European economy bounces while war drives up inflation

CNN Business

The European economy slowed in the first three months of the year due to a combination of rising inflation and early fallout from the war in Ukraine.

Preliminary data for the first quarter published on Friday showed that GDP grew by 0.2% in the 19 countries using the euro, compared to the previous quarter. It was weaker than the 0.3% growth in the last three months of 2021.

Consumer price inflation, meanwhile, rose to 7.5% in April – the highest since the EU began setting records 25 years ago. Rising costs for energy and food – driven higher by the unrest in Ukraine and Western sanctions against Russia – were largely to blame.

Germany, the region’s largest economy, reported GDP growth of 0.2%. It was an improvement over the contraction seen in the fourth quarter of 2021. But the pace of activity was likely to decline towards the end of the January-March period following Russia’s invasion of Ukraine on 24 February.

“The economic consequences of the war in Ukraine have had a growing impact on short-term economic development since the end of February,” the German Statistics Office said in a statement.

The German government on Wednesday downgraded its growth forecast for this year to 2.2%, and it has warned of a recession if Russia’s gas supply is cut off.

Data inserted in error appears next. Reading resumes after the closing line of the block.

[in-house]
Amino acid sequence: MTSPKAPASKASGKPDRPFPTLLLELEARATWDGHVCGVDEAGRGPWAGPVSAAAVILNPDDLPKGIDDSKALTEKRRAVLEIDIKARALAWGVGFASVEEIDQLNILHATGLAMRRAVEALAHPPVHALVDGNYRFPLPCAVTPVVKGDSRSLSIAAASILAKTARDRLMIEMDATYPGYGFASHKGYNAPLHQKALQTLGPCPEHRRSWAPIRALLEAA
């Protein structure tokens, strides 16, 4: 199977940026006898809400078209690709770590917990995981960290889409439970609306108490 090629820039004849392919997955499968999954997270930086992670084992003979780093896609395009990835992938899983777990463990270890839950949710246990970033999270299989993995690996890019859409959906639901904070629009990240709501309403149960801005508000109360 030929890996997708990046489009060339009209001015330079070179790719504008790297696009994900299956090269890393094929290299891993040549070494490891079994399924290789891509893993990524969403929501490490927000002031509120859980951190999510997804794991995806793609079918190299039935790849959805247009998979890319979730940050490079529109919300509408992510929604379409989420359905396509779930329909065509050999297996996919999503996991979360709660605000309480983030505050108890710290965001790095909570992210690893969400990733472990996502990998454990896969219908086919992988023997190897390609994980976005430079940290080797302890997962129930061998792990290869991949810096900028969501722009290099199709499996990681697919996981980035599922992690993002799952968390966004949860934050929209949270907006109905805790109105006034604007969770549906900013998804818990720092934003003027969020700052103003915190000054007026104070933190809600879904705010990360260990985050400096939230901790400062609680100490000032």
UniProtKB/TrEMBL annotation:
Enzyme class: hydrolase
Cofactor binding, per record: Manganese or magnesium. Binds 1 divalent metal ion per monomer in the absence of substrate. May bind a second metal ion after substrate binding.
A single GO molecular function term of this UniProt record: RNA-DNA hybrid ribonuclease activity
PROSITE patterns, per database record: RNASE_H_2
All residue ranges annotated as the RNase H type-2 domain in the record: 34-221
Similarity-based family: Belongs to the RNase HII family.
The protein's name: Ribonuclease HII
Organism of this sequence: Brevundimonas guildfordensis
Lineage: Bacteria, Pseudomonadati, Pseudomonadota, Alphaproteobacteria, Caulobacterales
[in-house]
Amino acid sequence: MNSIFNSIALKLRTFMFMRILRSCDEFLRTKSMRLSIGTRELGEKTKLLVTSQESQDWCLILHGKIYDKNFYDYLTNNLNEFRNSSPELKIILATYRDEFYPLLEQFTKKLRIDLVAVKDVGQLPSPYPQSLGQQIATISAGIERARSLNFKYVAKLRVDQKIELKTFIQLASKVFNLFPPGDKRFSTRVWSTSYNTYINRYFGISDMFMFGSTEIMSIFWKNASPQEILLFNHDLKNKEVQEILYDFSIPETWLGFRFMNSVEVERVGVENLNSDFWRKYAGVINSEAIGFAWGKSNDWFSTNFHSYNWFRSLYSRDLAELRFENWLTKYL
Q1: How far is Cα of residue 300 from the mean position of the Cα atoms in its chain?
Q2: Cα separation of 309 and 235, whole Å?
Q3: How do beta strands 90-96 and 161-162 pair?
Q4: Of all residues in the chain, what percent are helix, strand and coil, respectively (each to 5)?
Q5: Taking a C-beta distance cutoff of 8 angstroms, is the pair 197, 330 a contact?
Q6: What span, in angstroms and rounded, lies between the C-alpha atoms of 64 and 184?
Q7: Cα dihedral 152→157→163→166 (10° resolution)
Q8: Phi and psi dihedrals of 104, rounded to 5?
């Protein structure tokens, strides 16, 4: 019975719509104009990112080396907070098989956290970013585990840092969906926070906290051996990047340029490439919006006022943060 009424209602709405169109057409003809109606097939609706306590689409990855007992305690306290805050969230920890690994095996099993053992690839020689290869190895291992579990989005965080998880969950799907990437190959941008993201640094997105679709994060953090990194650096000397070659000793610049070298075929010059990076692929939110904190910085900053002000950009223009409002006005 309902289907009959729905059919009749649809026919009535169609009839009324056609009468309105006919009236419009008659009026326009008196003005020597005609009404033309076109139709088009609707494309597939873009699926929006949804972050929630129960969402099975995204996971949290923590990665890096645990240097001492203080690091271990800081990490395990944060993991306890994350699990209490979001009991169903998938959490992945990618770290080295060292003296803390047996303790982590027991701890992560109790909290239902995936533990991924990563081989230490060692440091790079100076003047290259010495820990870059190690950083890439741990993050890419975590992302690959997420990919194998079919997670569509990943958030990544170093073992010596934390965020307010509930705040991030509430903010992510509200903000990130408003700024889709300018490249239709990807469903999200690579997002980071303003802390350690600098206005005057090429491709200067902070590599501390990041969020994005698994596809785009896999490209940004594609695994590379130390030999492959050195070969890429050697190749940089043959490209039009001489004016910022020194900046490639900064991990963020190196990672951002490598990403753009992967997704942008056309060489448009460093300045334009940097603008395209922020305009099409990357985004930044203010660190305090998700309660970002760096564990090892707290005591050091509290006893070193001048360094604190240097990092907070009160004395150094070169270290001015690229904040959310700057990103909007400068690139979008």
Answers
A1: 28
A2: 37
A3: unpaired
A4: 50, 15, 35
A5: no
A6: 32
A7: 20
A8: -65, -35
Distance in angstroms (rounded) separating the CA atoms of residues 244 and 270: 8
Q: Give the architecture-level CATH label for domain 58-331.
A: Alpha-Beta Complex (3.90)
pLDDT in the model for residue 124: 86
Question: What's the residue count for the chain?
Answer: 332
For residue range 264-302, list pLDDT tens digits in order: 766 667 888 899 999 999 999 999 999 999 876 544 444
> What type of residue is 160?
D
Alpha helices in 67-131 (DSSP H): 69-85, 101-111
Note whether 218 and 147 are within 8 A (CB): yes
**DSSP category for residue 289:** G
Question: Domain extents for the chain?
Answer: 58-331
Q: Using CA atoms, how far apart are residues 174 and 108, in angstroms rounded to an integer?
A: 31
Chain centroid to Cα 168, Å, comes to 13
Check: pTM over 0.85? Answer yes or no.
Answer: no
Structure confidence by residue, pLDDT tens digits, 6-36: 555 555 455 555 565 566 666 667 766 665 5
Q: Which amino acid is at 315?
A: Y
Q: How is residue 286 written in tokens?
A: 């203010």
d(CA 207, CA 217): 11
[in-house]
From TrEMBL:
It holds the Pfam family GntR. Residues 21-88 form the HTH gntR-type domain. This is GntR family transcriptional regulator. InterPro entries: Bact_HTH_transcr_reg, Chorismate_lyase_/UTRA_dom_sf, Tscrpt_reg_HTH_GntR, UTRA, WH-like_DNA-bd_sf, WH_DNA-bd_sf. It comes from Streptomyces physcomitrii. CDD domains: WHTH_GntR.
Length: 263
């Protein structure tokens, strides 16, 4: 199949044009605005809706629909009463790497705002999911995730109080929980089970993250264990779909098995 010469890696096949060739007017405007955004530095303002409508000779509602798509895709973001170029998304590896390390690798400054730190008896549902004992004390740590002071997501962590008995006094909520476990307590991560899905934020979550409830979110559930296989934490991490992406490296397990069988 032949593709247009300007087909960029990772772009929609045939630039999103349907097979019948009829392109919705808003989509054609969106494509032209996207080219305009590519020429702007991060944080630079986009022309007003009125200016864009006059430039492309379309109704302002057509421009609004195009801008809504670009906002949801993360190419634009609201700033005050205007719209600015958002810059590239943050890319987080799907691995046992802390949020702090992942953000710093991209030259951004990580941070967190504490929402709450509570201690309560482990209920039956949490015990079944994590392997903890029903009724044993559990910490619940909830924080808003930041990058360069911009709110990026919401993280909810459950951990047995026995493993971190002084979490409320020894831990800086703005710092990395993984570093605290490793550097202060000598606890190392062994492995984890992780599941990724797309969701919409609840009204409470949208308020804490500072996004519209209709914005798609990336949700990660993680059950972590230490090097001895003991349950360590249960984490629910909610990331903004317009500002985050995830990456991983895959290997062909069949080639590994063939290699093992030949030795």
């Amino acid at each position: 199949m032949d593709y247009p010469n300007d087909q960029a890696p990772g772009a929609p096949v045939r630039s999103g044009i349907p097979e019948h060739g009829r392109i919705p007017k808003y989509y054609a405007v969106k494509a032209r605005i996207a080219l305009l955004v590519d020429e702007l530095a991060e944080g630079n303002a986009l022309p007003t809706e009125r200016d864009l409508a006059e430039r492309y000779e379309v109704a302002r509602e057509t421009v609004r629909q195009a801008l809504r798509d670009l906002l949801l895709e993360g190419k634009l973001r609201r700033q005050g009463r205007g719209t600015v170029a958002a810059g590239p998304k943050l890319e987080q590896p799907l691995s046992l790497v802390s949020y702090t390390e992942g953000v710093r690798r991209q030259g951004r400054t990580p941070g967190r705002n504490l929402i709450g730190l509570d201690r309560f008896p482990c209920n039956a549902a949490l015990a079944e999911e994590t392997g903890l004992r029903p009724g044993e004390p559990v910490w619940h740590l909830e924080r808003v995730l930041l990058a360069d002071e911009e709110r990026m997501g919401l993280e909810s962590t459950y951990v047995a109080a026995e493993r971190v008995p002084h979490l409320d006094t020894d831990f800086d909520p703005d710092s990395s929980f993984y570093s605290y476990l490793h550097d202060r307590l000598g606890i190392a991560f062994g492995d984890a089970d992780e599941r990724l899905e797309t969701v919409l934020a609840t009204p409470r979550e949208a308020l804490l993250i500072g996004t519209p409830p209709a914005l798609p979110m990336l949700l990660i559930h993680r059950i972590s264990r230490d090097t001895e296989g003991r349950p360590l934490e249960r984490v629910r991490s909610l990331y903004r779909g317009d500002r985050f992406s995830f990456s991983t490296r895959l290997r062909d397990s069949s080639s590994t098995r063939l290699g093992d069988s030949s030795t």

Its huge industrial base is already under enormous pressure from soaring energy prices and global supply disruptions exacerbated by the war and sanctions. Production output fell this month and fell to its lowest level since June 2020, according to survey data from S&P Global, and declining confidence could mean a prolonged downturn.

Germany, and indeed large parts of Europe, are now facing stagflation – the nightmare combination of high inflation and weak economic growth.

France is already there.

Europe’s second largest economy stalled in the first quarter, with GDP falling and inflation reaching a new record high. Consumers responded by closing their wallets: household consumption fell 1.3% over the three-month period.

Italy did even worse. Its economy fell by 0.2% in the first quarter.

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